The fear of money is termed chrometophobia or chrematophobia, from the Greek “chrimata” (money) and “phobos” (fear). The “chrome” in “chrometophobia” may also be related to the Greek word “chroma” (color) because of the brilliant colors of ancient coins — for example, gold, silver, bronze and copper.

CITE: https://www.r2library.com/Resource/Title/0826102549

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Comprehensive Financial Planning Strategies for Doctors and Advisors: Best Practices from Leading Consultants and Certified Medical Planners™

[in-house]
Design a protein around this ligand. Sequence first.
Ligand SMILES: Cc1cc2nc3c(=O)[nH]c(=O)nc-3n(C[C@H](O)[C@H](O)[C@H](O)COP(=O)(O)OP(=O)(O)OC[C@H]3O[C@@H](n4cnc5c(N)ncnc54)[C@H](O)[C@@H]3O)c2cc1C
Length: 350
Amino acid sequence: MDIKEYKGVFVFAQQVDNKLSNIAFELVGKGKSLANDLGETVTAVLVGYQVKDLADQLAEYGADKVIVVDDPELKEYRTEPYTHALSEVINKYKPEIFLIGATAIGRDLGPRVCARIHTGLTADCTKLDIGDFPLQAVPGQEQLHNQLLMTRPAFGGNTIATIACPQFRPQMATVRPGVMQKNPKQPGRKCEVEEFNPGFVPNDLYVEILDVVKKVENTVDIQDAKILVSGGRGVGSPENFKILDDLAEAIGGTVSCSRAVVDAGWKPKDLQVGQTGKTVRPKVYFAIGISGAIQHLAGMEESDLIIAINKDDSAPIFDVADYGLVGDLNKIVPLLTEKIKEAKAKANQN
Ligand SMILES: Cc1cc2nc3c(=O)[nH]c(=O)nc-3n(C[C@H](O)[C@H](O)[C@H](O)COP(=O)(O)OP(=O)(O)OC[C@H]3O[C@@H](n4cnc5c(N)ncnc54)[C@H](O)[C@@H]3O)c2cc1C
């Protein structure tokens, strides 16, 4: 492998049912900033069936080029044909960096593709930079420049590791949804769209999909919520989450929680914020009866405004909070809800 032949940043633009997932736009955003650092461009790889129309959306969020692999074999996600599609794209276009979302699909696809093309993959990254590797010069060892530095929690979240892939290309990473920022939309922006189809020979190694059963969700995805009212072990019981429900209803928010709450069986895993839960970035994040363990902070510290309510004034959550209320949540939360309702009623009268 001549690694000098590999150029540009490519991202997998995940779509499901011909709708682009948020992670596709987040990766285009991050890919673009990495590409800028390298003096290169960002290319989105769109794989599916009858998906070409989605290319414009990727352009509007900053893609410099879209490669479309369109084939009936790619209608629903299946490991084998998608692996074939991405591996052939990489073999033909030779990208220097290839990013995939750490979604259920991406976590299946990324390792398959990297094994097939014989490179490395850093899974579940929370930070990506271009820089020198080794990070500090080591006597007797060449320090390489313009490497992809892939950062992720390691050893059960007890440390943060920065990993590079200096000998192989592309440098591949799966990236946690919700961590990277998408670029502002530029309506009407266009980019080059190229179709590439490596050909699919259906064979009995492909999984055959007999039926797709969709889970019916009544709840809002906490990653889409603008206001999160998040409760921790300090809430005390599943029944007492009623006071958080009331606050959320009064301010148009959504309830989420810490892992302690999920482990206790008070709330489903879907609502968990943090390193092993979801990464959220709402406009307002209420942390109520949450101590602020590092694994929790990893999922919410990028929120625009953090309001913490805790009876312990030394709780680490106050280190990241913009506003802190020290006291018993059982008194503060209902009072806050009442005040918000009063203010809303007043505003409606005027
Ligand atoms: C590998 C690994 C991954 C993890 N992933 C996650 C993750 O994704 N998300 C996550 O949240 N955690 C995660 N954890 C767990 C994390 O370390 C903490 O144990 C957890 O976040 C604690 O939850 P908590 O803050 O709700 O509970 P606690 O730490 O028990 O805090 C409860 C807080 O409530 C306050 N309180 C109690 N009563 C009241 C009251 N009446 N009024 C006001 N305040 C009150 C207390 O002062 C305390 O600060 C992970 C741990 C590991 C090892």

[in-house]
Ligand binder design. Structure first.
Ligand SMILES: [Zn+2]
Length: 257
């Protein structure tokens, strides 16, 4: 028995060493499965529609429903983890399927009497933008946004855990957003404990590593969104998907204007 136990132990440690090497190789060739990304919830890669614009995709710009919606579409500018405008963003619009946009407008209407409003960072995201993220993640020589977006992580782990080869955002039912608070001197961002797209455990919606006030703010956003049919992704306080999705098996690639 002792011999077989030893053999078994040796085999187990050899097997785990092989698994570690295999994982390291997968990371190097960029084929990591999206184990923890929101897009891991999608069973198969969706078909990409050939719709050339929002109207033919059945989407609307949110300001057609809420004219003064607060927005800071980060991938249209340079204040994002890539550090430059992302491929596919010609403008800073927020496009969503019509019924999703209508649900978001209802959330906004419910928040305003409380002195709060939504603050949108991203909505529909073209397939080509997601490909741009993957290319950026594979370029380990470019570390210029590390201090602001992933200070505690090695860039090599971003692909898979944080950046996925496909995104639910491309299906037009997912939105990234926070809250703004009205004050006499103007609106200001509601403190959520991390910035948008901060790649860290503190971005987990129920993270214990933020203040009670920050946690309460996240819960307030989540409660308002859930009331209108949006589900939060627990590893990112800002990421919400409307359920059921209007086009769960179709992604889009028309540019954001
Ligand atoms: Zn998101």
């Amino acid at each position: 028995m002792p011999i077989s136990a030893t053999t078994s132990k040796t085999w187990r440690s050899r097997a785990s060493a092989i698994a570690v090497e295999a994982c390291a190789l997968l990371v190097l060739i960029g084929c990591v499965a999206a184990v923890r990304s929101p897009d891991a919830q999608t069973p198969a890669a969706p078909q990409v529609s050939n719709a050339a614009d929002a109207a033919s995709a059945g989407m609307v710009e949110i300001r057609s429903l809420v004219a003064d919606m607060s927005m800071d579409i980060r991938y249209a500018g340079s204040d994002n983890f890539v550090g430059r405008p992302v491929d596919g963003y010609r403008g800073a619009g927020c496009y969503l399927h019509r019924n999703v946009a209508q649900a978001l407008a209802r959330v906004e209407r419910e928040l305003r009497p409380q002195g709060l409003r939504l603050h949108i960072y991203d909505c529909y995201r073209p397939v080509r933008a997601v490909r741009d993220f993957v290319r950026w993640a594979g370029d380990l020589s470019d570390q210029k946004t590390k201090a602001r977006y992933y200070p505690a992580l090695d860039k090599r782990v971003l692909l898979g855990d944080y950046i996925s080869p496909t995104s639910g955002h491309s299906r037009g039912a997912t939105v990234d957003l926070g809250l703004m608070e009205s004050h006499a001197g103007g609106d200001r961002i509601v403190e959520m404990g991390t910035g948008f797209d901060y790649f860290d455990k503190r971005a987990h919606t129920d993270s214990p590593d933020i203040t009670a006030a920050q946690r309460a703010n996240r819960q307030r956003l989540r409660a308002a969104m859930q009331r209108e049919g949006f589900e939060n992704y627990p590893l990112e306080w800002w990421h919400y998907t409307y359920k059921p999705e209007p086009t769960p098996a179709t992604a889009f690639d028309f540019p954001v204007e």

FINANCIAL PLANNING: https://www.routledge.com/Comprehensive-Financial-Planning-Strategies-for-Doctors-and-Advisors-Best/Marcinko-Hetico/p/book/9781482240283

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Risk Management, Liability Insurance, and Asset Protection Strategies for Doctors and Advisors : Best Practices from Leading Consultants and Certified Medical Planners™ book cover

RISK MANAGEMENT: https://www.routledge.com/Risk-Management-Liability-Insurance-and-Asset-Protection-Strategies-for/Marcinko-Hetico/p/book/9781498725989

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PHYSICIAN FINANCIAL ADVISORS: https://medicalexecutivepost.com/2021/10/11/